The Financial Services Authority (FSA) has defended its decision to pay staff up to £33m in bonuses and pay rises this year as an essential tool to keep talented staff.
The financial services regulator announced last week it was raising the bonus pot by 2.5% to 15% of salaries for staff, costing up to £23m in total. A further £10m would become available to bring salaries in line with external jobs, the FSA said.
The decision caused outrage among opposition politicians as the FSA has been severely criticised for not doing enough to prevent the banking crisis.
But an FSA spokeswoman told Personnel Today the bonuses were modest and performance related. “The size of the bonuses we’re talking about [for each individual] is not comparable to investment bankers’ bonuses.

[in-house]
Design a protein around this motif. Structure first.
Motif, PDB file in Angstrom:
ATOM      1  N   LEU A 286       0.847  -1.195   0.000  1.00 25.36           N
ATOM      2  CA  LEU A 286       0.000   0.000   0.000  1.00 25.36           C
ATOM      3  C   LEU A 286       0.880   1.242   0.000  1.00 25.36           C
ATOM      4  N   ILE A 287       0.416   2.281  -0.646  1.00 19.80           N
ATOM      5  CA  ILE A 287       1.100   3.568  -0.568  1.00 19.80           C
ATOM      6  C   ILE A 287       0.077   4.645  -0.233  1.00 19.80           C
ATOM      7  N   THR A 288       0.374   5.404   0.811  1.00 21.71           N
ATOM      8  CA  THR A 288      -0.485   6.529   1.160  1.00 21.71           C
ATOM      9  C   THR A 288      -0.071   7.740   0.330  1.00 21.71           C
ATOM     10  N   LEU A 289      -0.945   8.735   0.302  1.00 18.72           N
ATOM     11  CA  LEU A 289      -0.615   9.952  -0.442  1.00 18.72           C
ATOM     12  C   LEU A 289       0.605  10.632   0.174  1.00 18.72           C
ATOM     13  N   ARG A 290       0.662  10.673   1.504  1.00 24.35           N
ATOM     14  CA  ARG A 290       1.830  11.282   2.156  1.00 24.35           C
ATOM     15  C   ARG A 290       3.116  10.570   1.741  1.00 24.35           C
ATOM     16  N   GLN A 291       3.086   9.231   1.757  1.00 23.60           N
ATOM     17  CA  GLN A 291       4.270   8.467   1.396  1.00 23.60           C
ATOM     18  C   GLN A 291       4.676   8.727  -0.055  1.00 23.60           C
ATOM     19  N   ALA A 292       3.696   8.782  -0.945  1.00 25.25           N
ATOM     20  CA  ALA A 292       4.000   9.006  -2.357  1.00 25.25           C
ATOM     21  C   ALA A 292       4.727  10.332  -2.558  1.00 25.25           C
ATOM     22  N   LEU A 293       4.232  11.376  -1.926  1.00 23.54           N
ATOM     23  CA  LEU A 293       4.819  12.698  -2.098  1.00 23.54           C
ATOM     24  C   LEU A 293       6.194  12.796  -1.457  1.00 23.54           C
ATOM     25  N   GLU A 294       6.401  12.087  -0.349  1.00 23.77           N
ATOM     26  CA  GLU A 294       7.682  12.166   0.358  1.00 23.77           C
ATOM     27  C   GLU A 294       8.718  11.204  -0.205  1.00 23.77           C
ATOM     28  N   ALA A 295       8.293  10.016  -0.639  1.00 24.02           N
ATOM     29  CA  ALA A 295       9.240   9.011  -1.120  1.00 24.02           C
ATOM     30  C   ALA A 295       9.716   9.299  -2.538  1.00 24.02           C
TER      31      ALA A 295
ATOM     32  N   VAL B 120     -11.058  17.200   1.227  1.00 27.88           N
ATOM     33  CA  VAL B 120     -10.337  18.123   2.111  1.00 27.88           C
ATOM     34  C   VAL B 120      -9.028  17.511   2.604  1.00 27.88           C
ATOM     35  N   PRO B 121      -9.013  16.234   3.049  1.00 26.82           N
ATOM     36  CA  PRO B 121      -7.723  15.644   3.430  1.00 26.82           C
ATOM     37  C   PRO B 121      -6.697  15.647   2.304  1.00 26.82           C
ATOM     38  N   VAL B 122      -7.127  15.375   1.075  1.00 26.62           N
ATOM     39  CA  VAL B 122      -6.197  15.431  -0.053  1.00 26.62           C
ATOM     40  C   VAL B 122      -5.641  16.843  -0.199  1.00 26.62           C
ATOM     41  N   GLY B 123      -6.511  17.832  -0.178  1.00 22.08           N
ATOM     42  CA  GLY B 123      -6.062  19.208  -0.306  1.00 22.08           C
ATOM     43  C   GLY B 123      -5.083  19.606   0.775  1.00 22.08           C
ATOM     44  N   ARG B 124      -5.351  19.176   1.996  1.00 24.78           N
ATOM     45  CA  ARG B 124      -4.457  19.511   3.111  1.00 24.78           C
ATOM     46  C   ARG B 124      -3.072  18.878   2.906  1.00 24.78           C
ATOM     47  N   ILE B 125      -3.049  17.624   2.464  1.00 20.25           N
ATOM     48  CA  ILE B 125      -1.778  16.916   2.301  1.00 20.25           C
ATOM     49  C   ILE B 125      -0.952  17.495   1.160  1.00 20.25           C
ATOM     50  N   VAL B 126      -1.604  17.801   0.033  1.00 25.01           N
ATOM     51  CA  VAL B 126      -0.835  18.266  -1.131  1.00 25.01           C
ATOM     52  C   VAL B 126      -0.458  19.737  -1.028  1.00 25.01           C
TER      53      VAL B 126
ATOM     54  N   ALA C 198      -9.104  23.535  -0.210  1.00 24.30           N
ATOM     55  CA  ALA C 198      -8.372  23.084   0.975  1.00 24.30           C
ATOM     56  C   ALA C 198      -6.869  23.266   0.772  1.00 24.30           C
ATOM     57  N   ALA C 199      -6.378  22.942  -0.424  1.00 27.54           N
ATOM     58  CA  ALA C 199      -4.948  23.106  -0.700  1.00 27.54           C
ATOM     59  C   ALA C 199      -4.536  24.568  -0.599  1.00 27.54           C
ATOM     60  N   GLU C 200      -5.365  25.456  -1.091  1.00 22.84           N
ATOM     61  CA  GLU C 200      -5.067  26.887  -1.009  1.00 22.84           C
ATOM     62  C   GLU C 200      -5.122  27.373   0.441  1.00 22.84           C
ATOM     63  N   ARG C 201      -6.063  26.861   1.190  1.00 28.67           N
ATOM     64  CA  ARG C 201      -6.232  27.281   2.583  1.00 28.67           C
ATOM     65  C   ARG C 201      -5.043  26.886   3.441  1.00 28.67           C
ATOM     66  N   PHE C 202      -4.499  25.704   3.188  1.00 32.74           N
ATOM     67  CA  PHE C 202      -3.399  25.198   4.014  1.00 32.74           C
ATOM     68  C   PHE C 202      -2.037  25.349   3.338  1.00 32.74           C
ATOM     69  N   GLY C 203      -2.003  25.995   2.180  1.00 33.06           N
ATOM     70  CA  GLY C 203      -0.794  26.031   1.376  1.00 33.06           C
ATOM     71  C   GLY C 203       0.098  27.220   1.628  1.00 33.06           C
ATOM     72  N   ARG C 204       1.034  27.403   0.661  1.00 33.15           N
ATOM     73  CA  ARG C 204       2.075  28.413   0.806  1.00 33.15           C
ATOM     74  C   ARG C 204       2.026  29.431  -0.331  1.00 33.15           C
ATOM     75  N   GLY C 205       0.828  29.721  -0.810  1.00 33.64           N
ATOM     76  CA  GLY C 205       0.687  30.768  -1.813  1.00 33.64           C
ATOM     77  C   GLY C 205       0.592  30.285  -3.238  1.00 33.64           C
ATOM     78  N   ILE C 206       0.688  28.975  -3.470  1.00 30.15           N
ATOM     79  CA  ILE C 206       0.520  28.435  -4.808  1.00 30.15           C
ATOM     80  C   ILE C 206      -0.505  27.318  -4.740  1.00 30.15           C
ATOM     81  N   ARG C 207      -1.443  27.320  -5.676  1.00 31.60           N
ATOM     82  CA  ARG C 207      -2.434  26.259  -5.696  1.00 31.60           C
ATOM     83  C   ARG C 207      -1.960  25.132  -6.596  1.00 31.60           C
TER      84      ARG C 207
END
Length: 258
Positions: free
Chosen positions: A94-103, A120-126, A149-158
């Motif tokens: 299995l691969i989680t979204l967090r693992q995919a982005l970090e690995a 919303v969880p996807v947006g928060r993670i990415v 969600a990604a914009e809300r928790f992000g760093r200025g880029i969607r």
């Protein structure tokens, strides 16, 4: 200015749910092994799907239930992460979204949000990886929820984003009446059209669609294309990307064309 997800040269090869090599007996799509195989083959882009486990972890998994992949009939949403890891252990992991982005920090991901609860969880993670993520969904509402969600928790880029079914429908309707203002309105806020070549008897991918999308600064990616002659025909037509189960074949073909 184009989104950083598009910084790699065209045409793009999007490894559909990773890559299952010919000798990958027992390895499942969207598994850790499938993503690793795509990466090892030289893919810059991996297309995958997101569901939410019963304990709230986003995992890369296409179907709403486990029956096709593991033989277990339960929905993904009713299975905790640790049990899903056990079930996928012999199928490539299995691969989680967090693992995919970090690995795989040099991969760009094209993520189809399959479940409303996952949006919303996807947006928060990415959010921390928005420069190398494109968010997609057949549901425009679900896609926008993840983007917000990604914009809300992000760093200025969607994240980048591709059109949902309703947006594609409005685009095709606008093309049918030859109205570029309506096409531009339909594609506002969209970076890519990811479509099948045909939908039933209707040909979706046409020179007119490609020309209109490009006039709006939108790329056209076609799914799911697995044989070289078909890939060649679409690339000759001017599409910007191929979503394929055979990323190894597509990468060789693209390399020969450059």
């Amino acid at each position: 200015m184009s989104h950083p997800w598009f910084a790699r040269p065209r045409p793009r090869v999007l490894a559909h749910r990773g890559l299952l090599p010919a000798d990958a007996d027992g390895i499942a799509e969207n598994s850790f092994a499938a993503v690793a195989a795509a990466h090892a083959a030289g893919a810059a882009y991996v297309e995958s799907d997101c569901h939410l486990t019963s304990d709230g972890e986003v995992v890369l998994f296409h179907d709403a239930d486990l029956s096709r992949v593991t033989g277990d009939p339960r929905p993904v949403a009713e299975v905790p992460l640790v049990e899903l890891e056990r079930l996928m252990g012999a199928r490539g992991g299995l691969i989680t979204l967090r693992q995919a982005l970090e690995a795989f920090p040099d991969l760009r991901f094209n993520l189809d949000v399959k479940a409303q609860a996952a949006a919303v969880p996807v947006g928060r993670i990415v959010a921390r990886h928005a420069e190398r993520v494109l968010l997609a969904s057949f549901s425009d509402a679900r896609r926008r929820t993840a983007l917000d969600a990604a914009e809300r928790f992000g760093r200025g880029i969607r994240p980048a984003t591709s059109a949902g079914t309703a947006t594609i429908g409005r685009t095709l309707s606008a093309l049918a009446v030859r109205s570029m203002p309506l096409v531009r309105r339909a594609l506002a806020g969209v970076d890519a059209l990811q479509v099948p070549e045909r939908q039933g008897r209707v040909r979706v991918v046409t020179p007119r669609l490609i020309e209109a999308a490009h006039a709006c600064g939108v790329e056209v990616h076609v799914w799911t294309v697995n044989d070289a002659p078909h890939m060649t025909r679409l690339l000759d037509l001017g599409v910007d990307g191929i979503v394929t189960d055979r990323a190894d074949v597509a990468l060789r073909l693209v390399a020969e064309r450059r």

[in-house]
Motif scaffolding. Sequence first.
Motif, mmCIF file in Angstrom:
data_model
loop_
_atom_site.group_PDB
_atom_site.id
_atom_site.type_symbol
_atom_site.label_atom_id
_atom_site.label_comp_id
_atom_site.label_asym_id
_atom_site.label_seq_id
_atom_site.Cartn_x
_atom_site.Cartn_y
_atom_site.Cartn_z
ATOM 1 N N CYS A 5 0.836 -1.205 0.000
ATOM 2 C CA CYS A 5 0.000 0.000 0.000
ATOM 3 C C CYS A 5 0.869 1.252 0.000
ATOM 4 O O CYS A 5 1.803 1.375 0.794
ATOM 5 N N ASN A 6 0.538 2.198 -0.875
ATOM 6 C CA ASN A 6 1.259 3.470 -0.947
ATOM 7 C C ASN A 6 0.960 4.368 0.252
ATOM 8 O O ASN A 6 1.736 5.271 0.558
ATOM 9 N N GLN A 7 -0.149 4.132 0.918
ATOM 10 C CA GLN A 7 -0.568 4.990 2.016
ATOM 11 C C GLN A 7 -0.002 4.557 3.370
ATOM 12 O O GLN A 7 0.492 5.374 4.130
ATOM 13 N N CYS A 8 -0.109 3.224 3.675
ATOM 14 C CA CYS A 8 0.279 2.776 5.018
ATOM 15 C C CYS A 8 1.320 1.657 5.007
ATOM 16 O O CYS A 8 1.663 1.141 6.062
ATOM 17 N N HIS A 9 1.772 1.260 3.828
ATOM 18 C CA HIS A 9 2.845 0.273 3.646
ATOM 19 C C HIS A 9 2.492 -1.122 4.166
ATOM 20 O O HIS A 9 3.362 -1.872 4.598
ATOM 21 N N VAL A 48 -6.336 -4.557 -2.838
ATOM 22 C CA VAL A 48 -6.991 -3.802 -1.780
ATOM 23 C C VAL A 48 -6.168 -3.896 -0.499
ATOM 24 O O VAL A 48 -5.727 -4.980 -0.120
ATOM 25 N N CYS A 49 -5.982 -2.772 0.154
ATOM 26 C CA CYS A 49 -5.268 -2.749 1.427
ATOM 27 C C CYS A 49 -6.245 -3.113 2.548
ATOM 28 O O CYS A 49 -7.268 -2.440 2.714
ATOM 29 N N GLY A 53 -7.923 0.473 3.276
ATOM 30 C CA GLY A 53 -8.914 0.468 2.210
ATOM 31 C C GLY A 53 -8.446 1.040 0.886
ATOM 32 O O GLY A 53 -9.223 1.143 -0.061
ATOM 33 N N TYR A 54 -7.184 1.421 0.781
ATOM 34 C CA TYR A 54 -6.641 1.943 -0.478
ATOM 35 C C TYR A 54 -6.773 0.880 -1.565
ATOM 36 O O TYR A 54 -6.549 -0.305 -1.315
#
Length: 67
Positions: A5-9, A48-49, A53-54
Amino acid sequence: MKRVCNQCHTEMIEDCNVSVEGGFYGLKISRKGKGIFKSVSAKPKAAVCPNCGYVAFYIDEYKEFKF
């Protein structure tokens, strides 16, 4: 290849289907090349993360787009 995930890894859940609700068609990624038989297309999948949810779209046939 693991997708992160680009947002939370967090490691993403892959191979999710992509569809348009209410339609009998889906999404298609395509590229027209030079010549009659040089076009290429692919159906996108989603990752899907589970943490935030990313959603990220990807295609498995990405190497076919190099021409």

“The bonuses are performance related, it doesn’t mean all staff will get them. It’s ‘up to’ 15% bonus pot, it may not be any different for some and is done on a discretionary and individual basis.”
The decision to raise bonus pots is part of a new reward strategy to better link skills, performance and reward, outlined in the FSA’s business plan.
The £10m set aside for raising staff salaries, in some cases by 3.3%, was also essential to retain “people whose pay levels are significantly lower [than external jobs]”, or to “attract skills in certain areas, like technical, specialist or risk modelling”, she said. “You’re actually looking for different skills or talents to what was needed a year ago.”
A final decision on payments depends on the approval of the chairman of the FSA board remuneration committee – a position now vacant following FSA chairman Sir James Crosby’s departure last week.